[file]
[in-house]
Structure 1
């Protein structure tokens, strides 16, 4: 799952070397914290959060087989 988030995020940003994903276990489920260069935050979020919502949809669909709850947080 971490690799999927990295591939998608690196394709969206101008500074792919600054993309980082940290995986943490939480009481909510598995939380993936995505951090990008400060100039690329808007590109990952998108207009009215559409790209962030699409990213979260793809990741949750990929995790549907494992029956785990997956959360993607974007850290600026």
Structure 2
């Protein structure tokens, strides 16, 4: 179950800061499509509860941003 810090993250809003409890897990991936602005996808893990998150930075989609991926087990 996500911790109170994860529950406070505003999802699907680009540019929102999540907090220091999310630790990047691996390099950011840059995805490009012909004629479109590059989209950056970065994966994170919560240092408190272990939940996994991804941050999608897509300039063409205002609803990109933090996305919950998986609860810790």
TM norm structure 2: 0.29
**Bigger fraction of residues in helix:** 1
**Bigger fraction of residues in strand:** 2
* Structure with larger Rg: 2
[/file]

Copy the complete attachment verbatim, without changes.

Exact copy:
[in-house]
Structure 1
């Protein structure tokens, strides 16, 4: 799952070397914290959060087989 988030995020940003994903276990489920260069935050979020919502949809669909709850947080 971490690799999927990295591939998608690196394709969206101008500074792919600054993309980082940290995986943490939480009481909510598995939380993936995505951090990008400060100039690329808007590109990952998108207009009215559409790209962030699409990213979260793809990741949750990929995790549907494992029956785990997956959360993607974007850290600026």
Structure 2
């Protein structure tokens, strides 16, 4: 179950800061499509509860941003 810090993250809003409890897990991936602005996808893990998150930075989609991926087990 996500911790109170994860529950406070505003999802699907680009540019929102999540907090220091999310630790990047691996390099950011840059995805490009012909004629479109590059989209950056970065994966994170919560240092408190272990939940996994991804941050999608897509300039063409205002609803990109933090996305919950998986609860810790």
TM norm structure 2: 0.29
**Bigger fraction of residues in helix:** 1
**Bigger fraction of residues in strand:** 2
* Structure with larger Rg: 2